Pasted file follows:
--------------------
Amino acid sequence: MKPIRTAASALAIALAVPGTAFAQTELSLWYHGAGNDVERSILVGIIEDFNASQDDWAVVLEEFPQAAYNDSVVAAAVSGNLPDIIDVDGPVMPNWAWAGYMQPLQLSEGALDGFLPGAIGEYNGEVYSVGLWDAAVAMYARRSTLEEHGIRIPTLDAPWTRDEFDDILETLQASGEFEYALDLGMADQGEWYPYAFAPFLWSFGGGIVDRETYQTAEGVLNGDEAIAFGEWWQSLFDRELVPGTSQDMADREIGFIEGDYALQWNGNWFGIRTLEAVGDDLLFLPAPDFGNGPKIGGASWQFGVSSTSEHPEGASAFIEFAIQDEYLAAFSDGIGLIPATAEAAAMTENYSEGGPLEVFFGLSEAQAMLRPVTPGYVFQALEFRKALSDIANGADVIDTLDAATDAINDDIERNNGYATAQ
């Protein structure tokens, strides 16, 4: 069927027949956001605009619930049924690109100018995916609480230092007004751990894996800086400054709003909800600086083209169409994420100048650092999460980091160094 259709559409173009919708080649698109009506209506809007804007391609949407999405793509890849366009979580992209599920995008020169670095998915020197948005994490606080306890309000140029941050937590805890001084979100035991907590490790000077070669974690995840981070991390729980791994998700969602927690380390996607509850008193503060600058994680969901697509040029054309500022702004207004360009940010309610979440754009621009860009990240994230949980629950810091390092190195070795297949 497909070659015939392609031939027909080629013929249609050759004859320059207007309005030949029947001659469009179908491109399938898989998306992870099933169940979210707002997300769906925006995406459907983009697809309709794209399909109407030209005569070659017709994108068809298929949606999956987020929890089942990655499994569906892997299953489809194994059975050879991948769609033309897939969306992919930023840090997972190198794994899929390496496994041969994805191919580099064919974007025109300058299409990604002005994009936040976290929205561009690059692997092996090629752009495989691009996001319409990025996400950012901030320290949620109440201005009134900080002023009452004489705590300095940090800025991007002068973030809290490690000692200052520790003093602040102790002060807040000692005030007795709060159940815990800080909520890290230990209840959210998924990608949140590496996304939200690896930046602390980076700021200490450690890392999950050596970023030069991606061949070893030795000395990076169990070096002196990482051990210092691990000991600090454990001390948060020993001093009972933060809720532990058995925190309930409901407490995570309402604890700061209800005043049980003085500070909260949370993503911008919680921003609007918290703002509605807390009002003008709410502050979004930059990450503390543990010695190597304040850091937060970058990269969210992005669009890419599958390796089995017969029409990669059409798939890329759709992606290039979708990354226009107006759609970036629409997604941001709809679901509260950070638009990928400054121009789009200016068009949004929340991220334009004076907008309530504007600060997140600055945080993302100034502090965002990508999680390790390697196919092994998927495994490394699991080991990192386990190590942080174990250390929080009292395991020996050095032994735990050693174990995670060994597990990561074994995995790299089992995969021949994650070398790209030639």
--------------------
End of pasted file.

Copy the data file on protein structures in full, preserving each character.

Amino acid sequence: MKPIRTAASALAIALAVPGTAFAQTELSLWYHGAGNDVERSILVGIIEDFNASQDDWAVVLEEFPQAAYNDSVVAAAVSGNLPDIIDVDGPVMPNWAWAGYMQPLQLSEGALDGFLPGAIGEYNGEVYSVGLWDAAVAMYARRSTLEEHGIRIPTLDAPWTRDEFDDILETLQASGEFEYALDLGMADQGEWYPYAFAPFLWSFGGGIVDRETYQTAEGVLNGDEAIAFGEWWQSLFDRELVPGTSQDMADREIGFIEGDYALQWNGNWFGIRTLEAVGDDLLFLPAPDFGNGPKIGGASWQFGVSSTSEHPEGASAFIEFAIQDEYLAAFSDGIGLIPATAEAAAMTENYSEGGPLEVFFGLSEAQAMLRPVTPGYVFQALEFRKALSDIANGADVIDTLDAATDAINDDIERNNGYATAQ
């Protein structure tokens, strides 16, 4: 069927027949956001605009619930049924690109100018995916609480230092007004751990894996800086400054709003909800600086083209169409994420100048650092999460980091160094 259709559409173009919708080649698109009506209506809007804007391609949407999405793509890849366009979580992209599920995008020169670095998915020197948005994490606080306890309000140029941050937590805890001084979100035991907590490790000077070669974690995840981070991390729980791994998700969602927690380390996607509850008193503060600058994680969901697509040029054309500022702004207004360009940010309610979440754009621009860009990240994230949980629950810091390092190195070795297949 497909070659015939392609031939027909080629013929249609050759004859320059207007309005030949029947001659469009179908491109399938898989998306992870099933169940979210707002997300769906925006995406459907983009697809309709794209399909109407030209005569070659017709994108068809298929949606999956987020929890089942990655499994569906892997299953489809194994059975050879991948769609033309897939969306992919930023840090997972190198794994899929390496496994041969994805191919580099064919974007025109300058299409990604002005994009936040976290929205561009690059692997092996090629752009495989691009996001319409990025996400950012901030320290949620109440201005009134900080002023009452004489705590300095940090800025991007002068973030809290490690000692200052520790003093602040102790002060807040000692005030007795709060159940815990800080909520890290230990209840959210998924990608949140590496996304939200690896930046602390980076700021200490450690890392999950050596970023030069991606061949070893030795000395990076169990070096002196990482051990210092691990000991600090454990001390948060020993001093009972933060809720532990058995925190309930409901407490995570309402604890700061209800005043049980003085500070909260949370993503911008919680921003609007918290703002509605807390009002003008709410502050979004930059990450503390543990010695190597304040850091937060970058990269969210992005669009890419599958390796089995017969029409990669059409798939890329759709992606290039979708990354226009107006759609970036629409997604941001709809679901509260950070638009990928400054121009789009200016068009949004929340991220334009004076907008309530504007600060997140600055945080993302100034502090965002990508999680390790390697196919092994998927495994490394699991080991990192386990190590942080174990250390929080009292395991020996050095032994735990050693174990995670060994597990990561074994995995790299089992995969021949994650070398790209030639």